Black Crown Initiate - Violent Portraits Of Doomed Escape review

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Band: Black Crown Initiate
Album: Violent Portraits Of Doomed Escape
Release date: August 2020

01. Invitation
02. Son Of War
03. Trauma Bonds
04. Years In Frigid Light
05. Bellow
06. Death Comes In Reverse
07. Sun Of War
08. Holy Silence
09. He Is The Path

One of extreme prog's hot new commodities is coming good on their promise.

Although not quite generating the fervour of the likes of In Mourning or Ne Obliviscaris before them, Black Crown Initiate had already developed a decent following by the time their debut full-length, The Wreckage Of Stars, had dropped in 2014. To be honest, I thought The Wreckage Of Stars was an okay release, but it didn't grip me, and I overlooked their sophomore release Selves We Cannot Forgive entirely. However, Violent Portraits Of Doomed Escape tempted me into giving it a try, and I'm happy to have given Black Crown Initiate another chance.

"Invitation" is an impressive opening track, building slowly until the first bursts of extreme metal intent arrive. Black Crown Initiate aren't really a band to go full-burst blasting and hyperspeed riffing; their heavier material is more mid-tempo, underpinned with chunky riffs, bursts of machine-gun chugging, and patches of gnarly djent, topped off with growls and, on occasion, some fairly gripping lead guitar work. Opeth are obviously used as a reference point for most progressive death metal bands that emerge, and I think "Invitation" is the track where the comparison is most earned, especially during an acoustic section a couple of minutes from the end that practically screams "Opeth", but also some of the other riffing on this track. However, although pretty much every other review of this record that I encountered namedropped the Swedes, they don't come across as a dominant influence across most of Violent Portraits Of Doomed Escape.

One of the things Black Crown Initiate do well on Violent Portraits is pull off longer and shorter songs similarly adeptly. Following "Invitation", the longest cut on the record, comes "Son Of War", the shortest song, and it doesn't come with a noticeable drop in quality. The slower, twisting verse riff is nicely contrasted by the energetic chorus (one of the few places on the record where blast beats are on display), during which the impressive clean vocals of Andy Thomas get a chance to shine. He shows a few different sides to his voice on this record; at the beginning, with a more muted tone, I start to think of last year's record by Sermon, perhaps partially because of the religious themes on both albums. However, as the album goes on, and his voice goes higher and higher, it develops a more soaring, full tone to it, one that has been driving me slightly mad trying to work out who it reminds me of (none of the posts mentioning Opeth helped me out on this one). Regardless of the obvious comparison I'm missing, Thomas has a really nice tone, which is exhibited most compellingly on album highlight "Years Of Frigid Light", a melodeath cut (this time I know where I've heard something similar before, The Ride Majestic by Soilwork) that again channels something not dissimilar to Sermon in its quieter patches whilst shining brightly in its emphatic choruses.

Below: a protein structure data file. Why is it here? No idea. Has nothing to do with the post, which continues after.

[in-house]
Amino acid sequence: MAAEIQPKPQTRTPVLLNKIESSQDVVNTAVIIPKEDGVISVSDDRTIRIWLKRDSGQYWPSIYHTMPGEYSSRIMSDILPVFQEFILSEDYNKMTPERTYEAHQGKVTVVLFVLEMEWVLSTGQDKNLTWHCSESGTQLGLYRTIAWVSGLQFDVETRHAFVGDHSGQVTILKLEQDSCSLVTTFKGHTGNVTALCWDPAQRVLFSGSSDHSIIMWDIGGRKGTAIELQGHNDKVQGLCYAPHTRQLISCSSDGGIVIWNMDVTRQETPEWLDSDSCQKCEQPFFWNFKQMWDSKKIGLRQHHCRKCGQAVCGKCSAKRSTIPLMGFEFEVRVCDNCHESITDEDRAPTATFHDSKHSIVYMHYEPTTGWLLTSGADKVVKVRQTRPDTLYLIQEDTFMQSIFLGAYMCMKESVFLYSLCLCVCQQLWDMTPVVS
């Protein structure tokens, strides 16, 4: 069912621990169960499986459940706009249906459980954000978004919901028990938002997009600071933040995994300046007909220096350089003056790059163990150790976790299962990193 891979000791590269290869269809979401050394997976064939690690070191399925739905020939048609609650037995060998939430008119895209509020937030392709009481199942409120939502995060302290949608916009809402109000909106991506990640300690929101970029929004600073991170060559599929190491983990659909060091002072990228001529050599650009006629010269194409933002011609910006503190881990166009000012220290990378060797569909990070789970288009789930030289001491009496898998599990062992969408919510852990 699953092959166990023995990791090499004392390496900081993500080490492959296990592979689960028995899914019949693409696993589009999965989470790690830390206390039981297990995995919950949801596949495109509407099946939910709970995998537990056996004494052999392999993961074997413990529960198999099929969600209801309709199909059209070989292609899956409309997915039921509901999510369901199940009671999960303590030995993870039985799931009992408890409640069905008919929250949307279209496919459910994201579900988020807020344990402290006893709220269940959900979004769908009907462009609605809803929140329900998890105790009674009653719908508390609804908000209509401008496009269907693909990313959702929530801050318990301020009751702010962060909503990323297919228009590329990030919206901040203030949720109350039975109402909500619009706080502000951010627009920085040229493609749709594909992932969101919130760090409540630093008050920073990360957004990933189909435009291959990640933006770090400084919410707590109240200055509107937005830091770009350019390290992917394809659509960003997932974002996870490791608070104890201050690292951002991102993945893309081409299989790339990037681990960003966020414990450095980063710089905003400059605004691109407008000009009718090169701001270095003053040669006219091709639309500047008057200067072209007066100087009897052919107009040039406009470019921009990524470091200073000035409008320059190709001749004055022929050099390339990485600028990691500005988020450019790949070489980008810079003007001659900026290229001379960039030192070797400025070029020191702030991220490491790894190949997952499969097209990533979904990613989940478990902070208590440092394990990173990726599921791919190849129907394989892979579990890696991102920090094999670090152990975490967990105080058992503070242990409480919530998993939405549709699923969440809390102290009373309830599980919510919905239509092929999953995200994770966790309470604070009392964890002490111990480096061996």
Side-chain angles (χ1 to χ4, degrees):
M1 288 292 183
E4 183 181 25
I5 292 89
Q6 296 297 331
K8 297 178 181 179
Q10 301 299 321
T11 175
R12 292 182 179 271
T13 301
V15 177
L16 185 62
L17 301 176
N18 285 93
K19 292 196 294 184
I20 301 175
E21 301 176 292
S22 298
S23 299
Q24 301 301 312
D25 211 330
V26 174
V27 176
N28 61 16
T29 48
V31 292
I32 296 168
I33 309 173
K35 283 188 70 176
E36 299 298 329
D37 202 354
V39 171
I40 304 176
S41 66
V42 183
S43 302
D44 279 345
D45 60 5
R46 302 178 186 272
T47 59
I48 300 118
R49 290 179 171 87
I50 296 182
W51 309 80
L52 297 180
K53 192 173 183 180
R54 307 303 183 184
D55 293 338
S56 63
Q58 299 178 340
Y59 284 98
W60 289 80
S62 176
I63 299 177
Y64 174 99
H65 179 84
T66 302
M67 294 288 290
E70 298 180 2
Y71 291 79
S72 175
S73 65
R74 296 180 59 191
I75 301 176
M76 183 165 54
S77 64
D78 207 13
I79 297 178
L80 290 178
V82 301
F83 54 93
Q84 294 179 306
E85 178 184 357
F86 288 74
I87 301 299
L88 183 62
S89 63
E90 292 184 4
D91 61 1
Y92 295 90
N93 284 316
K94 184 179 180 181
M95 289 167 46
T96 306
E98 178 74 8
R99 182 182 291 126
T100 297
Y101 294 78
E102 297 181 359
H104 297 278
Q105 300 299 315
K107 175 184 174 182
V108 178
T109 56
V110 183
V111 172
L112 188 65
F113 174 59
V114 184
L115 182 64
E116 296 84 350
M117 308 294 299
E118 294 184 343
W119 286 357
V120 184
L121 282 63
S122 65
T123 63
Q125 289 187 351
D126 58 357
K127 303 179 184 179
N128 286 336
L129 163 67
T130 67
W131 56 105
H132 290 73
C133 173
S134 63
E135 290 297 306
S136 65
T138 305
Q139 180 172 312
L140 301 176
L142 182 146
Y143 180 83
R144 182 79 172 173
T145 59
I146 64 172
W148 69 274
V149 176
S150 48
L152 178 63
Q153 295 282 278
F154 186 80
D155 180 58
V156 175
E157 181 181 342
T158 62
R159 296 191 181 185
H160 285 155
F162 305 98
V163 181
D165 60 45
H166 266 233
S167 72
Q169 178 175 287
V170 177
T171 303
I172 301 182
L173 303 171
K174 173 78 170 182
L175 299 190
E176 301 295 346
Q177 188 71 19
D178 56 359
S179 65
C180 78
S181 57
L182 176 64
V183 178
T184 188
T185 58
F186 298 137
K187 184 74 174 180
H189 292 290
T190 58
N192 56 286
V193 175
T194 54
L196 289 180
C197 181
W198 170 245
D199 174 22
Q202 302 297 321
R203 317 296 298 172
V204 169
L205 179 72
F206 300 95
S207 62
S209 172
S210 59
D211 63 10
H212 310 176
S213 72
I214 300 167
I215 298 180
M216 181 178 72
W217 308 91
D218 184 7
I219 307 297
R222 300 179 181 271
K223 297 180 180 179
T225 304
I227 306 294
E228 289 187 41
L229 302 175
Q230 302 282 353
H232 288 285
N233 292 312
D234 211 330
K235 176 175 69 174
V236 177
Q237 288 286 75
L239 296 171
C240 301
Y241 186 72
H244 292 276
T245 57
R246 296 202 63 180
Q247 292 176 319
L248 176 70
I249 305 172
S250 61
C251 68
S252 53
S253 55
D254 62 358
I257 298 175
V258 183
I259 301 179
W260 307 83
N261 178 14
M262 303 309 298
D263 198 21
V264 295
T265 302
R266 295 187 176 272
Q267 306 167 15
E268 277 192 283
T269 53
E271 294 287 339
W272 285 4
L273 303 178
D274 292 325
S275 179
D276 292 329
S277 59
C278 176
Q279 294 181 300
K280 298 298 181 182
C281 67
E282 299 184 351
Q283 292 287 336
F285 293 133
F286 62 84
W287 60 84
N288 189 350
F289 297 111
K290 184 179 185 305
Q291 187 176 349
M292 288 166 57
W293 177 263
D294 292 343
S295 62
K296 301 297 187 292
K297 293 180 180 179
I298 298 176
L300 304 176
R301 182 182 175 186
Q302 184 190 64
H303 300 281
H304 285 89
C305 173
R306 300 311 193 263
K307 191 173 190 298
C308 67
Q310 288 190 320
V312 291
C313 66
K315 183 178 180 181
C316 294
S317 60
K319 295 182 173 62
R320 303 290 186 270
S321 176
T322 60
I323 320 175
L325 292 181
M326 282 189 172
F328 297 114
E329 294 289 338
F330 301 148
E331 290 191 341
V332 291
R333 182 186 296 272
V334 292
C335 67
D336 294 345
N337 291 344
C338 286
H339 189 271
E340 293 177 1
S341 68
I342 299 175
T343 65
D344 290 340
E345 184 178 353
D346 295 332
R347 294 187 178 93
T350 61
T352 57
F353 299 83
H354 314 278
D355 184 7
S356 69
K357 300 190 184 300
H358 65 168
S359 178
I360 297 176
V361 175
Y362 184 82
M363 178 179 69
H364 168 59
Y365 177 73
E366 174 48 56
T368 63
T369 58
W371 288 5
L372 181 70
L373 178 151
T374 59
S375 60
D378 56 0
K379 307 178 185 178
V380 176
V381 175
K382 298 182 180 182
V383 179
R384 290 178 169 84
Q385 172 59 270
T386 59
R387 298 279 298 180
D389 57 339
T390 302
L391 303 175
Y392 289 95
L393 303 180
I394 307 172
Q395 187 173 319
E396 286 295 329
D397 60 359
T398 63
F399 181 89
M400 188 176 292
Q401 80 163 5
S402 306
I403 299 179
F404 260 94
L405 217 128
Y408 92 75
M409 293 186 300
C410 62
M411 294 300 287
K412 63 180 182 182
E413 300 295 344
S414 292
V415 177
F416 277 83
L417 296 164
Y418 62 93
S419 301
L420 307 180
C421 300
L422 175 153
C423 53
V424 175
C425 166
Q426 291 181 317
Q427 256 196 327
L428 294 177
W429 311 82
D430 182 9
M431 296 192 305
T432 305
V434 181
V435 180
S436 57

Perhaps recognizing that it's peaked, the album takes a short time out after "Years Of Frigid Light" with a couple of minutes of droning throat singing on "Bellow". The second half of the album generally maintains the quality of the first, although I must confess nothing grabbed my attention in the way "Years Of Frigid Light" or "Invitation" did in these closing tracks. "Death Comes In Reverse" is probably the most intriguing, due to the way it slowly shifts dynamics, even as it traverses growling and clean vocal sections, as well as through its use of keyboards. "Holy Silence" contains some of the other particularly notable moments in this latter stretch, especially in the manner that it goes hard on the djent relative to the rest of the record. Overall, though, these last few songs are reliably enjoyable and well-structured, without ever quite delivering a knockout blow.

Third record in and, although I haven't got personal experience of listening to their last record to compare it to, based on other people's opinions and my experience with their debut, Black Crown Initiate seem to be on a firm upward trajectory. Violent Portraits Of Doomed Escape isn't quite the killer record to elevate them to the level of current extreme prog heavyweights such as Ne Obliviscaris or Rivers Of Nihil (at least in my opinion), but it's a firmly enjoyable and replayable record that demonstrates that the band are only going from strength to strength as far as melodic hooks, songwriting cohesion and variety are concerned.

Rating breakdown
Performance: 8
Songwriting: 8
Originality: 7
Production: 8


Written on 19.08.2020 by Hey chief let's talk why not


Comments: 3   Visited by: 76 users
20.08.2020 - 03:04
Crème fraiche
This peaked my curiosity! Catching up on these guys now! Great write up!
27.08.2020 - 13:30
Great review, although I thought the best song is Sun of War, which also screams Opeth most to me! If you like this, the sophomore album and their first EP are of similar quality. I agree that their debut, while awesome, is not quite up there, and has more aggressive songs.
11.09.2020 - 20:21
I gave this a try and after my first listen, I can definitely hear some Opeth and I am definitely impressed with what I heard. I think I might've liked it a good bit more than the reviewer though. Looking forward to spending some more time with this in the coming days/weeks

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